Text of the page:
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Byford defends £949,000 BBC pay-off

Former BBC deputy director-general Mark Byford has defended his pay-off of almost £1 million - denying that he had been greedy.

Mr Byford, whose salary was £475,000, received a total of £949,000 when he was made redundant by the corporation.

His payment is one of several which have drawn widespread criticism of the BBC.

But when asked on BBC Radio 5 Live whether he would pay back some of the sum, Mr Byford responded: "I have done nothing wrong."

He told Victoria Derbyshire's show: "I appreciate obviously and understand that it was a lot of money. I appreciate the concern and criticism about the executive payoffs."

But he added: "I absolutely don't think it was greed on my part at all."

Mr Byford, who was on the radio show to talk about his new book, a war story, said: "I lost my job. I was made redundant. I was given the terms I was given by the BBC. I left when I was told to leave by the BBC.

"After 32 years of working there, where I was devoted to the corporation, the last thing that I would ever think or feel was that I would want to have greed."

Former director-general Mark Thompson told the Public Accounts Committee that the pay-off to Mr Byford, who left in 2011, was needed so he would remain "focused" on his job and not be distracted.

But when asked whether he really needed an extra £500,000 to stay focused on his job, Mr Byford replied: "That's his word... I wanted to do what the BBC wanted me to do."

Asked how it sounded to licence fee-payers, he replied: "I didn't say that I needed it in order to focus."

But he defended his former boss over the remark, saying he was "not insulted by those words at all".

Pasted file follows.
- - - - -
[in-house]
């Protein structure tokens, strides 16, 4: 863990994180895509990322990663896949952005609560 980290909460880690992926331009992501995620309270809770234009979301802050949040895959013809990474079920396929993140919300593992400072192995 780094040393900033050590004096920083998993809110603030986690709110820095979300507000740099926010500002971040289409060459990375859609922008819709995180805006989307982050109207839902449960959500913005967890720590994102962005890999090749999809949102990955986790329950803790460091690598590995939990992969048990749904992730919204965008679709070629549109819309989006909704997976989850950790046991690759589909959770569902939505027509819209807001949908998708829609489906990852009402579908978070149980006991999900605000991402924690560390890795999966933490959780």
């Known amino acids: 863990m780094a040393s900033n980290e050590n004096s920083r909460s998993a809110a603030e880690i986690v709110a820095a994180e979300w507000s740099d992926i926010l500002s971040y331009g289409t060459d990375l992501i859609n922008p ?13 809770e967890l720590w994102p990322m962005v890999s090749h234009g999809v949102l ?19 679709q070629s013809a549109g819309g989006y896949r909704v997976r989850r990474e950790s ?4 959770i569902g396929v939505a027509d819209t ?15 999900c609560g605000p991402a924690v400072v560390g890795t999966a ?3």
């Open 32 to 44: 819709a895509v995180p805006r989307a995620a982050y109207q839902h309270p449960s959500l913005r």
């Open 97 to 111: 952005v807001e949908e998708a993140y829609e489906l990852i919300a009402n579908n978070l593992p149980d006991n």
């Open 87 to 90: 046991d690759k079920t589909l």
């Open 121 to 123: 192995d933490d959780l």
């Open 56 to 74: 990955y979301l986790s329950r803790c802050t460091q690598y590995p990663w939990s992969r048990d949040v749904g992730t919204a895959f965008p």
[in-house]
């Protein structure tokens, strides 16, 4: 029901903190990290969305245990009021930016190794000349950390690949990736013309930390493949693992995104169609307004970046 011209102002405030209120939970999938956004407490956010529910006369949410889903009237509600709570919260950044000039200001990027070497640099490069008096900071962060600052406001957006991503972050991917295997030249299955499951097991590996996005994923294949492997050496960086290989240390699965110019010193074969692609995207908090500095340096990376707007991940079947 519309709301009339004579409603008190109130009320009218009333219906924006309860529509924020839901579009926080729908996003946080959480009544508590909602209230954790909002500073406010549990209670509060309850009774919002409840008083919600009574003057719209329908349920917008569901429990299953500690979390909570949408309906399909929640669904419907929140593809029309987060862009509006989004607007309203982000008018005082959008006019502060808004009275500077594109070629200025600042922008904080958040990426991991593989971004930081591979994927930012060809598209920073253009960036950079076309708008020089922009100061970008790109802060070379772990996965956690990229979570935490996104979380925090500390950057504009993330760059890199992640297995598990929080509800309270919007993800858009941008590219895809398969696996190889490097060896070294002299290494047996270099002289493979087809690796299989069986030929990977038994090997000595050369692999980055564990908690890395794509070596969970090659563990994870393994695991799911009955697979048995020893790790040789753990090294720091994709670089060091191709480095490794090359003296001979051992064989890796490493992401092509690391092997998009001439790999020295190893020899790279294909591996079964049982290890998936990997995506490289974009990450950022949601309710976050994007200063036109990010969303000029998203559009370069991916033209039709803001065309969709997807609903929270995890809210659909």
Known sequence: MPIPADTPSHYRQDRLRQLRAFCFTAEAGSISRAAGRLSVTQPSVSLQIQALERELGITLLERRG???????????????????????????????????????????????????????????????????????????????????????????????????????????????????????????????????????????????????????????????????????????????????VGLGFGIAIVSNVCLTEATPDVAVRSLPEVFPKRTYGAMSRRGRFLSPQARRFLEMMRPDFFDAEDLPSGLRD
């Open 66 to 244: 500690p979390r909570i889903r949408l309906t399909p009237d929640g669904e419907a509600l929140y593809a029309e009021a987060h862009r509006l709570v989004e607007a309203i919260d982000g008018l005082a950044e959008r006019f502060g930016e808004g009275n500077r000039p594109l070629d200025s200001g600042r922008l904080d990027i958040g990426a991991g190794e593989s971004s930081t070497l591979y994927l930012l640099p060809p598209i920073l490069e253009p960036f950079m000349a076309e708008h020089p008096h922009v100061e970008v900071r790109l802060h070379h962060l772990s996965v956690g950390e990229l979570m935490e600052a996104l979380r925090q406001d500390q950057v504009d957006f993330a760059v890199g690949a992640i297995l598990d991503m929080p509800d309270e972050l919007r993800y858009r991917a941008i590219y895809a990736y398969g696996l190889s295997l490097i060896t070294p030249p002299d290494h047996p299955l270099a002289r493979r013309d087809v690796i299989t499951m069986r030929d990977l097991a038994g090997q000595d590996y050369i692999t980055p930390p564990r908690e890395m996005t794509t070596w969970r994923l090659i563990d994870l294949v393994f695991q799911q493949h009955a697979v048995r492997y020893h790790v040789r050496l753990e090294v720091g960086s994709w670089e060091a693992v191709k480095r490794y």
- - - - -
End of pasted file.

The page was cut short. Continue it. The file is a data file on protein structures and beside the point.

He added: "I think what was meant there was that there was a huge task of ensuring that the largest broadcast news organisation in the world, which I was leading, that the transition of the responsibilities of duties were effectively done..."

"That, when I did leave, editorial policy issues, Olympics issues and journalism issues were absolutely clearly documented of who was responsible and how it would run now that my post had been closed."

Asked whether he would pay the extra money back following the controversy, he said: "It was properly approved and it was the terms I was given. In that context I absolutely think I have done no wrong."

Pressed on the issue, he responded: "I have just said to you, I'm not saying any more than that. Because I think I've made it absolutely clear and I don't think I should comment any further on it.

"I've come to talk about something that in the week of Remembrance is a very different subject matter. I've answered your questions."

Former BBC2 controller Roly Keating was given a £375,000 pay-off but returned the money after learning it had not been properly authorised.

Mr Byford said that although he had received a "lot of money", he was "number two at the BBC", had served more than 30 years and that it was in the context of "a big cull of the senior management".

He added: "I didn't want to go. I loved my job."